Trump’s Tax Returns Are Not The Real Story by Andre Sugars

Trump’s Tax Returns Are Not The Real Story by Andre Sugars

Like many things political, one of the best ways to look at the tempest of the day is analytical bemusement. This is (always) especially true when it comes to tax issues.

And I might have a take today that could surprise you. I am not interested in getting into political matters here (though this issue is obviously very political).

I say this first to head off at the pass any political emails that might have been sent my way. That’s because, as YOUR South bay tax advisor, what I really want to get at is: what does this actually mean for YOU? (And I don’t mean in politics.)

Firstly, neither I, nor most any other commentators, have seen the actual returns. We are relying upon secondhand information from the New York Times. They aren’t releasing Trump’s tax returns actually, but are sharing details as they have them. This alone should give us pause in drawing big conclusions.

Secondly, tax returns are never a very good gauge on the state of someone’s finances: after all, there is a difference between income and wealth. This matters to YOU if you’re interested in building said wealth. And it could be the subject of a very long piece by me. But not today.

Thirdly, I’m not going to do a deep dive on that article — other tax writers have already done a very good job of explaining the issues, this article in particular.

Frankly, the description of Trump’s tax returns is close to what any fair-minded tax professional would have expected from the returns of a global real estate investor and television personality, turned politician.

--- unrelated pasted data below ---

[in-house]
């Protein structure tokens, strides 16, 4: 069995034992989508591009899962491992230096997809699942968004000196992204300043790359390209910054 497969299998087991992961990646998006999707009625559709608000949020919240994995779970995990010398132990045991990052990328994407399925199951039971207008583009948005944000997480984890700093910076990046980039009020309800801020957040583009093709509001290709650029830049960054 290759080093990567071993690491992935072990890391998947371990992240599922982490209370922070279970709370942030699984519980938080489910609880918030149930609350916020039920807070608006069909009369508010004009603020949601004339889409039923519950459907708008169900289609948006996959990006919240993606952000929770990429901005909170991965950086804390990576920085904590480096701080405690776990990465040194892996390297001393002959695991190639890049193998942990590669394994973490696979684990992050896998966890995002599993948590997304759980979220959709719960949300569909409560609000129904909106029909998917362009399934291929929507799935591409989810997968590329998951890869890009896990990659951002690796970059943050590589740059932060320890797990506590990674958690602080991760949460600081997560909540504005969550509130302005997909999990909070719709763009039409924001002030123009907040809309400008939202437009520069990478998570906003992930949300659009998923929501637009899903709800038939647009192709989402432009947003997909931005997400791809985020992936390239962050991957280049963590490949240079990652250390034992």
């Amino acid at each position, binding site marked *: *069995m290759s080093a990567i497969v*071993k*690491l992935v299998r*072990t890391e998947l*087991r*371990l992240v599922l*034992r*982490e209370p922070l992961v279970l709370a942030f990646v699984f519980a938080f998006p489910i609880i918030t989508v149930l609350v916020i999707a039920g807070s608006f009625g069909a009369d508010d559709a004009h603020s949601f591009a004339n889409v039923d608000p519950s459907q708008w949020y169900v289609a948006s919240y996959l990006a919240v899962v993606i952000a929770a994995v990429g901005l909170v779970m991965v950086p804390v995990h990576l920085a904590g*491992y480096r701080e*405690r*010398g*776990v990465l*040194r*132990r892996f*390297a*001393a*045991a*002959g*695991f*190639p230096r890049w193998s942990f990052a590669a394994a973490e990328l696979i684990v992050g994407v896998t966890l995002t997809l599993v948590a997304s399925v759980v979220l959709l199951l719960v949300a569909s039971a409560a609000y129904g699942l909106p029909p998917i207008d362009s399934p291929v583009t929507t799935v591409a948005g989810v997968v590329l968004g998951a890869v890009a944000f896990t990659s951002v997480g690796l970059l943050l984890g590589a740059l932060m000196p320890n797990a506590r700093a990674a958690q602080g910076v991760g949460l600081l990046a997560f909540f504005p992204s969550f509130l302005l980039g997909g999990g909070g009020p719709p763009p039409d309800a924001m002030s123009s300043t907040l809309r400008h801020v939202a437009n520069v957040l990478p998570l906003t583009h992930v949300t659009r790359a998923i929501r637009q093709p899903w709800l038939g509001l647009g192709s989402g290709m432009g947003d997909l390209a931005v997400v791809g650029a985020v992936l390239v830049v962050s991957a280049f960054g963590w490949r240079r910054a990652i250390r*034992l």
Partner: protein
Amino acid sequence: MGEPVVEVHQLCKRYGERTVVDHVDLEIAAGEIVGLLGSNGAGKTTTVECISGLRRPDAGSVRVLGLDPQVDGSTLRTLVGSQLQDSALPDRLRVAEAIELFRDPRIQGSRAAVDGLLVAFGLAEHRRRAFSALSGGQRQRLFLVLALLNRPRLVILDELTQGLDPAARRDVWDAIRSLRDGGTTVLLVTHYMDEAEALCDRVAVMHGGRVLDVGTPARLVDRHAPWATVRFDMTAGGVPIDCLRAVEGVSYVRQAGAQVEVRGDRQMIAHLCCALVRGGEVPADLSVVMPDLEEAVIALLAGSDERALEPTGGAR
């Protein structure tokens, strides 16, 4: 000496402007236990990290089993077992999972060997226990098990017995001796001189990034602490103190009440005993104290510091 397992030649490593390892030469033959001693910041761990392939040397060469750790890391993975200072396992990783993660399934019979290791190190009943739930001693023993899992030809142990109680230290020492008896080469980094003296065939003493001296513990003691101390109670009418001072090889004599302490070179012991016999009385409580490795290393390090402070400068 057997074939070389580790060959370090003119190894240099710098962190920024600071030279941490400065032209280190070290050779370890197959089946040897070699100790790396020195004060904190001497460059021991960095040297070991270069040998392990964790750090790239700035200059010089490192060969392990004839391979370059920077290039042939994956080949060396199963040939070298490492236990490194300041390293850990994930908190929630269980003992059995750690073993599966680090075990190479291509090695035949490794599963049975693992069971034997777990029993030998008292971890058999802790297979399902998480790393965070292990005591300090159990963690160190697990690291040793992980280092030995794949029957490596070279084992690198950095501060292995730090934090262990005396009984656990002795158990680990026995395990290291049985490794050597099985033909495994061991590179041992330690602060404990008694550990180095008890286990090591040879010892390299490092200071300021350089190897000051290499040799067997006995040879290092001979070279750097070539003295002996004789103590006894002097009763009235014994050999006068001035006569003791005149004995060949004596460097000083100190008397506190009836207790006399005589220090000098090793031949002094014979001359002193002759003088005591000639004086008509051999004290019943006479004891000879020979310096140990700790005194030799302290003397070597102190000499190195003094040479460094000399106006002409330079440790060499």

Real estate, in particular, offers powerful tax advantages — as do many businesses. And we can argue back and forth about how corrupt Trump appears to be — but it really doesn’t matter what we think … what matters is what is — and that’s for the IRS to (eventually) sort out in the ongoing audit of his returns. All the rest is speculation.

Bottom line: there really are two tax codes in this country:

1) There is the system for those who rely on software, or themselves. This not only costs many, many hours — a lack of expertise can be extremely costly in other ways. That’s because…
2) There is the other, far more “lucrative” system (in terms of retaining more of your wealth and income) used by those who have experts in their corner.

And, of course, President Trump used this second system.

This is why he paid $750 in tax. The specifics of “how” is still unclear. (Incidentally, you can take a look at MANY presidential and candidate tax returns, if you really want to see how different ones have handled their business right here.)

But the “actual how” is that he had people in his corner to help.

This is the “real” story — at least in terms of what is actually applicable to your daily life.

Because — I’d much rather you availed yourself of this second system. This is the perfect time to take a clear-eyed look at how you are set up, and plan for the best tax outcome for your family or South bay business, for the 2020 return.

And so we’re going to make it easy for you. We’ll encourage you, give you good options … and point you into the best direction for your long-term wealth preservation and growth.

Using this second system isn’t “just for the wealthy”. It can be for you.

After all, any person is free to pay more than what the actual tax code requires. You can go right here for those details.

The question for YOU is: do you want to make that decision for yourself … or have it made for you, because you didn’t have a tax plan in place?

So: use this second system. Get with us now, before it’s too late.

310-327-1985

To your family’s lasting financial and emotional peace…

Warmly,

Andre Sugars

 

“CRISIS Action Plan” for my South bay tax clients — which is still relevant today:

1) Don’t marinate in other people’s panic. Be mindful of your social media consumption.

2) Continue to stay financially and logistically prepared for worsening situations.

3) Make sure you have some ready, liquid assets, if you are able. (I.e., cash in the bank, and in hand.)

4) Set aside plans for any big spending until the dust settles — but especially look out for your small business owner friends and vendors.